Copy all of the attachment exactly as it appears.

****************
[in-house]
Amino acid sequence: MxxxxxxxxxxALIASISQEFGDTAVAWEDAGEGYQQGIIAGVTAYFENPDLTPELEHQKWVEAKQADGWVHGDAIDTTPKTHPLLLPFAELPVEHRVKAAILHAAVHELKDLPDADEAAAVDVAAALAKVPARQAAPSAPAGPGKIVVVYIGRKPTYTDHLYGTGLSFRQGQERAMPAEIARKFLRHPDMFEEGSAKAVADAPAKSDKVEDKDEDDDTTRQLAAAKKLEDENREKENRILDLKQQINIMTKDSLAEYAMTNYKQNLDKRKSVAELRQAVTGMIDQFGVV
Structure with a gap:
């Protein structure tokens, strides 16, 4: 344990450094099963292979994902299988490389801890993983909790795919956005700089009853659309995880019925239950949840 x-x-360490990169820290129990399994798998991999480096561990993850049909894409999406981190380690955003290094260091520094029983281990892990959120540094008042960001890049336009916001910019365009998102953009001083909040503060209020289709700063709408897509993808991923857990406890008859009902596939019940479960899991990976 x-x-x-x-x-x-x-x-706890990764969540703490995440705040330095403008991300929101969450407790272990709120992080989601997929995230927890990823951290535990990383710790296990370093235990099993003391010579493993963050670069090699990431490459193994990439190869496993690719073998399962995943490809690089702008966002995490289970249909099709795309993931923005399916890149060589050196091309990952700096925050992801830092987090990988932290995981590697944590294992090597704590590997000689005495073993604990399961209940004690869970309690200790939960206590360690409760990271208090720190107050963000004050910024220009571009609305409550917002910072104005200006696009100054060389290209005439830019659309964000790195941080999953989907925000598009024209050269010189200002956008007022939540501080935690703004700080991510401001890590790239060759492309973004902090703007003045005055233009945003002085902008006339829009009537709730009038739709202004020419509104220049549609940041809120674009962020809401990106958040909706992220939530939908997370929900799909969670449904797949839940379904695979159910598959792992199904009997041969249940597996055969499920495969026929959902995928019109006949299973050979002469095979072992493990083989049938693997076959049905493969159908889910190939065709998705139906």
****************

[in-house]
Amino acid sequence: MxxxxxxxxxxALIASISQEFGDTAVAWEDAGEGYQQGIIAGVTAYFENPDLTPELEHQKWVEAKQADGWVHGDAIDTTPKTHPLLLPFAELPVEHRVKAAILHAAVHELKDLPDADEAAAVDVAAALAKVPARQAAPSAPAGPGKIVVVYIGRKPTYTDHLYGTGLSFRQGQERAMPAEIARKFLRHPDMFEEGSAKAVADAPAKSDKVEDKDEDDDTTRQLAAAKKLEDENREKENRILDLKQQINIMTKDSLAEYAMTNYKQNLDKRKSVAELRQAVTGMIDQFGVV
Structure with a gap:
């Protein structure tokens, strides 16, 4: 344990450094099963292979994902299988490389801890993983909790795919956005700089009853659309995880019925239950949840 x-x-360490990169820290129990399994798998991999480096561990993850049909894409999406981190380690955003290094260091520094029983281990892990959120540094008042960001890049336009916001910019365009998102953009001083909040503060209020289709700063709408897509993808991923857990406890008859009902596939019940479960899991990976 x-x-x-x-x-x-x-x-706890990764969540703490995440705040330095403008991300929101969450407790272990709120992080989601997929995230927890990823951290535990990383710790296990370093235990099993003391010579493993963050670069090699990431490459193994990439190869496993690719073998399962995943490809690089702008966002995490289970249909099709795309993931923005399916890149060589050196091309990952700096925050992801830092987090990988932290995981590697944590294992090597704590590997000689005495073993604990399961209940004690869970309690200790939960206590360690409760990271208090720190107050963000004050910024220009571009609305409550917002910072104005200006696009100054060389290209005439830019659309964000790195941080999953989907925000598009024209050269010189200002956008007022939540501080935690703004700080991510401001890590790239060759492309973004902090703007003045005055233009945003002085902008006339829009009537709730009038739709202004020419509104220049549609940041809120674009962020809401990106958040909706992220939530939908997370929900799909969670449904797949839940379904695979159910598959792992199904009997041969249940597996055969499920495969026929959902995928019109006949299973050979002469095979072992493990083989049938693997076959049905493969159908889910190939065709998705139906």